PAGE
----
Nicene and Post-Nicene Fathers: Series I/Volume V/Against Two Letters of the Pelagians/Book I/Chapter 37
Chapter 37 [XIX.]—The Beginning of a Good Will is the Gift of Grace.
But you think that a man is so aided by the grace of God in a good work, that in stirring up his will to that very good work you believe that grace does nothing; for this your own words sufficiently declare. For why have you not said that a man is incited by God’s grace to a good work, as you have said that he is incited to evil by the suggestions of the devil, but have said that in a good work he is always aided by God’s grace?—as if by his own will, and without any grace of God, he undertook a good work, and were then divinely assisted in the work itself, for the sake, that is to say, of the merits of his good will; so that grace is rendered as due,—not given as not due,—and thus grace is made no more grace. But this is what, in the Palestinian judgment, Pelagius with a deceitful heart condemned,—that the grace of God, namely, is given according to our merits. Tell me, I beseech you, what good, Paul, while he was as yet Saul, willed, and not rather great evils, when breathing out slaughter he went, in horrible darkness of mind and madness, to lay waste the Christians? For what merits of a good will did God convert him by a marvellous and sudden calling from those evils to good things? What shall I say, when he himself cries, “Not by works of righteousness that we have done, but according to His mercy He saved us”? What is that which I have already mentioned as having been said by the Lord, “No one can come to me,”—which is understood as “believe on me,”—unless it were given him of my Father”? Whether is this given to him who is already willing to believe, for the sake of the merits of a good will? or rather is the will itself, as in the case of Saul, stirred up from above, that he may believe, even although he is so averse from the faith as even to persecute the believers? For how has the Lord commanded us to pray for those who persecute us? Do we pray thus that the grace of God may be recompensed them for the sake of their good will, and not rather that the evil will itself may be changed into a good one? Just as we believe that at that time the saints whom he was persecuting did not pray for Saul in vain, that his will might be converted to the faith which he was destroying. And indeed that his conversion was effected from above, appeared even by a manifest miracle. But how many enemies of Christ are at the present day suddenly drawn by God’s secret grace to Christ! And if I had not set down this word from the gospel, what things would that man have said in this behalf concerning me, since even now he is stirring, not against me, but against Him who cries, “No man can come to me, except the Father who hath sent me draw him”! For He does not say, “except He lead him,” so that we can thus in any way understand that his will precedes. For who is “drawn,” if he was already willing? And yet no man comes unless he is willing. Therefore he is drawn in wondrous ways to will, by Him who knows how to work within the very hearts of men. Not that men who are unwilling should believe, which cannot be, but that they should be made willing from being unwilling.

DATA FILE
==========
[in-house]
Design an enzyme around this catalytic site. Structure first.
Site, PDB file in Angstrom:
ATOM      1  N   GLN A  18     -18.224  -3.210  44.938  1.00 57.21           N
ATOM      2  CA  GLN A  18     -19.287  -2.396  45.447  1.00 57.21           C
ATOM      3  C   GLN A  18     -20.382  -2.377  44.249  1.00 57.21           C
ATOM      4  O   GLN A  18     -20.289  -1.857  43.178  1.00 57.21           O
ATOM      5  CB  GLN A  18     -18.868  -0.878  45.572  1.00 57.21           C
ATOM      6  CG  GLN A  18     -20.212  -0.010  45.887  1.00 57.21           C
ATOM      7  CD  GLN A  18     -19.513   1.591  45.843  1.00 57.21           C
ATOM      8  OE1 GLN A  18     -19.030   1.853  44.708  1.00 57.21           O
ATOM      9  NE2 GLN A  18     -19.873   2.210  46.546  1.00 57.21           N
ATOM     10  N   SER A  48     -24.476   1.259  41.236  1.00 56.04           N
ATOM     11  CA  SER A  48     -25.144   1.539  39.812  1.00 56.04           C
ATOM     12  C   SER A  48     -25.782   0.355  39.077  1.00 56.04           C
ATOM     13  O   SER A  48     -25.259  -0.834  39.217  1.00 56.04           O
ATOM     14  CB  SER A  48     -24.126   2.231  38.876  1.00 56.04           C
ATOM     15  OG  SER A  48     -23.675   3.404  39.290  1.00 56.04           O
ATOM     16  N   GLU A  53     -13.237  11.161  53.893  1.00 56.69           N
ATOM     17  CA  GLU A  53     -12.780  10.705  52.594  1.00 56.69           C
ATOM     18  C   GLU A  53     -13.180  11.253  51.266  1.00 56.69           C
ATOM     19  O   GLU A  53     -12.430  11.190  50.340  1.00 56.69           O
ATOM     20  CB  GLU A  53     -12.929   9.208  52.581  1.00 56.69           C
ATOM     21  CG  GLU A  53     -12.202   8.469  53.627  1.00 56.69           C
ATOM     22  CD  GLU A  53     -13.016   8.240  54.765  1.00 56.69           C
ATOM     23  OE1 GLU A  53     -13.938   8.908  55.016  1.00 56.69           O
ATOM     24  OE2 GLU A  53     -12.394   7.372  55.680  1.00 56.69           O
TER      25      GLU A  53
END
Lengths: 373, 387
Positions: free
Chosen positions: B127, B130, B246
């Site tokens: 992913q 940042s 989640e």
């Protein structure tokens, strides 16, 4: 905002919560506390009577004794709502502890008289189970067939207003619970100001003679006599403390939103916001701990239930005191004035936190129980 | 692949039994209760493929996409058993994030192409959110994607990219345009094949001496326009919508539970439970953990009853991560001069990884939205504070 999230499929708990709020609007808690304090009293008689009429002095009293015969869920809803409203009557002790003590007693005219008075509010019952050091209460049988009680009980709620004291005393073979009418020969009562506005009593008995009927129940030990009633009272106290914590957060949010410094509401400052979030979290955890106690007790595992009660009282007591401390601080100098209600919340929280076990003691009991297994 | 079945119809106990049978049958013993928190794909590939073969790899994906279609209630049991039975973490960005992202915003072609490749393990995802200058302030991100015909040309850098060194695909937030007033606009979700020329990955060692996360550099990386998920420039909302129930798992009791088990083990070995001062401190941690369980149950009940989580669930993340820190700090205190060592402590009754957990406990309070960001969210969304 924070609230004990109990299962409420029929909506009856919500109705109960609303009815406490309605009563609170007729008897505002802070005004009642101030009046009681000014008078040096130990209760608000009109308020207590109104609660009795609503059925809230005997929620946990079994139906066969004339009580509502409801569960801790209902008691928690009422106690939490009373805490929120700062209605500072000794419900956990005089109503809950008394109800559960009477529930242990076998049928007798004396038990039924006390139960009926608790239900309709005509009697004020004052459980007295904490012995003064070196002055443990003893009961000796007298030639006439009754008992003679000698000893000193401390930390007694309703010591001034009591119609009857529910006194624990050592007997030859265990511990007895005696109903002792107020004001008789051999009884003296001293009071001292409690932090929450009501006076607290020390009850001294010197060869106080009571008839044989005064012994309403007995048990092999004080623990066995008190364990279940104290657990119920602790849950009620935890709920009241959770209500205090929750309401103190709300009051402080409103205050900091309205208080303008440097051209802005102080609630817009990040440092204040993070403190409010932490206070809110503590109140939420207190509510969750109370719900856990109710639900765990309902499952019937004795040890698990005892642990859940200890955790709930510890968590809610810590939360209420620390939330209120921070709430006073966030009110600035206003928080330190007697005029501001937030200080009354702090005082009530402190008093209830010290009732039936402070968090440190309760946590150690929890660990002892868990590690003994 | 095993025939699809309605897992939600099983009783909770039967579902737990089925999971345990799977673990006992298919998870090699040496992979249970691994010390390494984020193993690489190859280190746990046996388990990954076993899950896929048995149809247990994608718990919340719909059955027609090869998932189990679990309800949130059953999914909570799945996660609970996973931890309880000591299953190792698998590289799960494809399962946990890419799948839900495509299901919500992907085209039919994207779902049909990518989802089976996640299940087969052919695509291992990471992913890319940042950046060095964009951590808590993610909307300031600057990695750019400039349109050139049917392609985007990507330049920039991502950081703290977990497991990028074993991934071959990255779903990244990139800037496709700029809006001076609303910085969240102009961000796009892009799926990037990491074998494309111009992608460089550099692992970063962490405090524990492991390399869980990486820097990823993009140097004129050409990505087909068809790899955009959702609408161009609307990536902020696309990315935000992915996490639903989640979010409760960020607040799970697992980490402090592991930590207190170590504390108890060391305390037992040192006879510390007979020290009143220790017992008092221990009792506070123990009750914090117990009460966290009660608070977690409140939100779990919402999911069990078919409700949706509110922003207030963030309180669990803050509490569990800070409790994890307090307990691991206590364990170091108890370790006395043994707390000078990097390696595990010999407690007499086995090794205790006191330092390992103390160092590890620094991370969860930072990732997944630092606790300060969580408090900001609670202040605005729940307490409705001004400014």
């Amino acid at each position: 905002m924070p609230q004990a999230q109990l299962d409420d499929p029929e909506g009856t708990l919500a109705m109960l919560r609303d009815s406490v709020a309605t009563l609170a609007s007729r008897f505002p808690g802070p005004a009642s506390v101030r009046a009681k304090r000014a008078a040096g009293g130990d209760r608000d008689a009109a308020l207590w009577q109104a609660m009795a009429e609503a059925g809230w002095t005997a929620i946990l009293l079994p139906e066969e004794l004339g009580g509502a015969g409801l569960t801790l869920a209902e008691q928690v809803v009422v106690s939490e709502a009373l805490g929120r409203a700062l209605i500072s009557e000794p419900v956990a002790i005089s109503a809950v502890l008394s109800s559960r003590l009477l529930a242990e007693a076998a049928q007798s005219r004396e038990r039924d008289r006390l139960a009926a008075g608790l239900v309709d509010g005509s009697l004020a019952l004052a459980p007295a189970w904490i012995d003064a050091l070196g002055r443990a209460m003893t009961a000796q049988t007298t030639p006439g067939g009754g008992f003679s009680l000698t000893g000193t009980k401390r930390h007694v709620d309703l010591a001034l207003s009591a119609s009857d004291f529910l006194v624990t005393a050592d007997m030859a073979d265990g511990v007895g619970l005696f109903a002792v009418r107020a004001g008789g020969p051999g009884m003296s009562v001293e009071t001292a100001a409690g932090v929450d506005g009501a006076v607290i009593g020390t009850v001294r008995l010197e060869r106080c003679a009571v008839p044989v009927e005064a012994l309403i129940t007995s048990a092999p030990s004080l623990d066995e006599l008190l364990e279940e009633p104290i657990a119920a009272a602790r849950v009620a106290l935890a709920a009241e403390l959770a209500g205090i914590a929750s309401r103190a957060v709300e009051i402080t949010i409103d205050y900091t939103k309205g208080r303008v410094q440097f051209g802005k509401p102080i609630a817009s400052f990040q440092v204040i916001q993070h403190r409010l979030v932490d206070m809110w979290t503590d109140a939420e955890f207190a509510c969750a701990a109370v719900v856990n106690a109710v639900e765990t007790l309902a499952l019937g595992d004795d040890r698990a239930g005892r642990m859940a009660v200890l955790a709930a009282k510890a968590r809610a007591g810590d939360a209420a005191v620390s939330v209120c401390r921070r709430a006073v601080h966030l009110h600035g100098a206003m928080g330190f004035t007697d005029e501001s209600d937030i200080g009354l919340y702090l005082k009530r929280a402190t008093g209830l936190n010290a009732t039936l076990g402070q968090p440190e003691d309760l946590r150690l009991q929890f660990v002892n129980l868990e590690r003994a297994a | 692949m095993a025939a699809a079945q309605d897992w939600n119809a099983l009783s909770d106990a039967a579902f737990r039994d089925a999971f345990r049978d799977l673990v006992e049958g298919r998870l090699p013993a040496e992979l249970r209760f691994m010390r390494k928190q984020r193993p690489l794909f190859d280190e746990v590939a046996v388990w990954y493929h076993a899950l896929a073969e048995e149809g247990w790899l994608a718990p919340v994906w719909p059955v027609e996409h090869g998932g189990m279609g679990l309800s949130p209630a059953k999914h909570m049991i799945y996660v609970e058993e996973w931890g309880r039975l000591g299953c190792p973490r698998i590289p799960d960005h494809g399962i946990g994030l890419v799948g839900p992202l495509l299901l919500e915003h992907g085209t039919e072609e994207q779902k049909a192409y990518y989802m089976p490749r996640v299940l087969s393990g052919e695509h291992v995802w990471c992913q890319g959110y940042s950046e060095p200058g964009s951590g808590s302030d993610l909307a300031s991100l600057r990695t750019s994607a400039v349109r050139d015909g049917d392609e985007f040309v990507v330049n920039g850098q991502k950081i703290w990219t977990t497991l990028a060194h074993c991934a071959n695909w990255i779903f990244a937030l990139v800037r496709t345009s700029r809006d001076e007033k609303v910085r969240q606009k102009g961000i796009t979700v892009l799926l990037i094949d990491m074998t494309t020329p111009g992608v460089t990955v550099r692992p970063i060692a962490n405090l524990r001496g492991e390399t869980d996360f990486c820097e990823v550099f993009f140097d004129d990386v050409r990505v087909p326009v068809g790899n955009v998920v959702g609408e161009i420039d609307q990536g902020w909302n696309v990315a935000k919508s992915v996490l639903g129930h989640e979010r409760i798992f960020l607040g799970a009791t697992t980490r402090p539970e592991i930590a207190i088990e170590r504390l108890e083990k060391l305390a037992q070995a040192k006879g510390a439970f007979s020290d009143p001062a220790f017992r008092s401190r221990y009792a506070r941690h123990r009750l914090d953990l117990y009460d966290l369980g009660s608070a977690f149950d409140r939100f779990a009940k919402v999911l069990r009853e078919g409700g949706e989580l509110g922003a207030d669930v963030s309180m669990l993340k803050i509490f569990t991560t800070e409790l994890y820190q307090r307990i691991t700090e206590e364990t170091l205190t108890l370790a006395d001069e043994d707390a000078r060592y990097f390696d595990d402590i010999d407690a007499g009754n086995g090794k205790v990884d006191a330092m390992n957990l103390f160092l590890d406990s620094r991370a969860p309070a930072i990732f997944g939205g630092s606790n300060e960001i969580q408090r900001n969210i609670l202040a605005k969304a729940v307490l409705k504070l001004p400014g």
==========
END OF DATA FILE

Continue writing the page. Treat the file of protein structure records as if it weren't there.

- Rom. xi. 6.
- Acts ix. 1.
- Tit. iii. 5.
- See above, ch. 6.
- John vi. 66.
- John vi. 44.